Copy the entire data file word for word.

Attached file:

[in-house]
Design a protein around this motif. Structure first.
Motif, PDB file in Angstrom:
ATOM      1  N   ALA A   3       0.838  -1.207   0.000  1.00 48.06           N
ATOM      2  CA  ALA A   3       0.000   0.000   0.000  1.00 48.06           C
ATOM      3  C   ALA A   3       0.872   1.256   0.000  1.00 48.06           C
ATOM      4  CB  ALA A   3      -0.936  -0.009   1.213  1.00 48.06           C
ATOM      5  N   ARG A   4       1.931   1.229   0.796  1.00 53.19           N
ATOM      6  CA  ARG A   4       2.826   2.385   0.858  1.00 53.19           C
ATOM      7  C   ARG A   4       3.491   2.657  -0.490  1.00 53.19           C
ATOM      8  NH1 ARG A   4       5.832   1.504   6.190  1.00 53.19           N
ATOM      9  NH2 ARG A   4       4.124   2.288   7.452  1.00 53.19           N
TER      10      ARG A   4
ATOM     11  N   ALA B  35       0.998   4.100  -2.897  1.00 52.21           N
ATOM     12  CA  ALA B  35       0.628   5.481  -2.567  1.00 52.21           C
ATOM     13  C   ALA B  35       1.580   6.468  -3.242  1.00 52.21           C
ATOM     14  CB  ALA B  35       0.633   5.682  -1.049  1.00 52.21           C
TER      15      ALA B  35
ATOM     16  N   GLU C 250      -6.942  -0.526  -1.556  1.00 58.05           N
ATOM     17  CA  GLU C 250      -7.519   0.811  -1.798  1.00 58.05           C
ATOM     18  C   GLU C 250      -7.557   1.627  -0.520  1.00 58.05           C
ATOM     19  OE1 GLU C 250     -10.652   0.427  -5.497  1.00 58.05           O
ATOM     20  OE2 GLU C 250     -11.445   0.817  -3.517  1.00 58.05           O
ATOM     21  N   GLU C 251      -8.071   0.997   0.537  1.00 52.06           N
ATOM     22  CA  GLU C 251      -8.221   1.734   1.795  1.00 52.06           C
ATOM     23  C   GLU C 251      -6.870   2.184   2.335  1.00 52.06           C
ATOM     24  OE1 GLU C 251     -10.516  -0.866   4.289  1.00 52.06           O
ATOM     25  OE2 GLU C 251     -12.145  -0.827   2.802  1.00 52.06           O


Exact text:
[in-house]
Design a protein around this motif. Structure first.
Motif, PDB file in Angstrom:
ATOM      1  N   ALA A   3       0.838  -1.207   0.000  1.00 48.06           N
ATOM      2  CA  ALA A   3       0.000   0.000   0.000  1.00 48.06           C
ATOM      3  C   ALA A   3       0.872   1.256   0.000  1.00 48.06           C
ATOM      4  CB  ALA A   3      -0.936  -0.009   1.213  1.00 48.06           C
ATOM      5  N   ARG A   4       1.931   1.229   0.796  1.00 53.19           N
ATOM      6  CA  ARG A   4       2.826   2.385   0.858  1.00 53.19           C
ATOM      7  C   ARG A   4       3.491   2.657  -0.490  1.00 53.19           C
ATOM      8  NH1 ARG A   4       5.832   1.504   6.190  1.00 53.19           N
ATOM      9  NH2 ARG A   4       4.124   2.288   7.452  1.00 53.19           N
TER      10      ARG A   4
ATOM     11  N   ALA B  35       0.998   4.100  -2.897  1.00 52.21           N
ATOM     12  CA  ALA B  35       0.628   5.481  -2.567  1.00 52.21           C
ATOM     13  C   ALA B  35       1.580   6.468  -3.242  1.00 52.21           C
ATOM     14  CB  ALA B  35       0.633   5.682  -1.049  1.00 52.21           C
TER      15      ALA B  35
ATOM     16  N   GLU C 250      -6.942  -0.526  -1.556  1.00 58.05           N
ATOM     17  CA  GLU C 250      -7.519   0.811  -1.798  1.00 58.05           C
ATOM     18  C   GLU C 250      -7.557   1.627  -0.520  1.00 58.05           C
ATOM     19  OE1 GLU C 250     -10.652   0.427  -5.497  1.00 58.05           O
ATOM     20  OE2 GLU C 250     -11.445   0.817  -3.517  1.00 58.05           O
ATOM     21  N   GLU C 251      -8.071   0.997   0.537  1.00 52.06           N
ATOM     22  CA  GLU C 251      -8.221   1.734   1.795  1.00 52.06           C
ATOM     23  C   GLU C 251      -6.870   2.184   2.335  1.00 52.06           C
ATOM     24  OE1 GLU C 251     -10.516  -0.866   4.289  1.00 52.06           O
ATOM     25  OE2 GLU C 251     -12.145  -0.827   2.802  1.00 52.06           O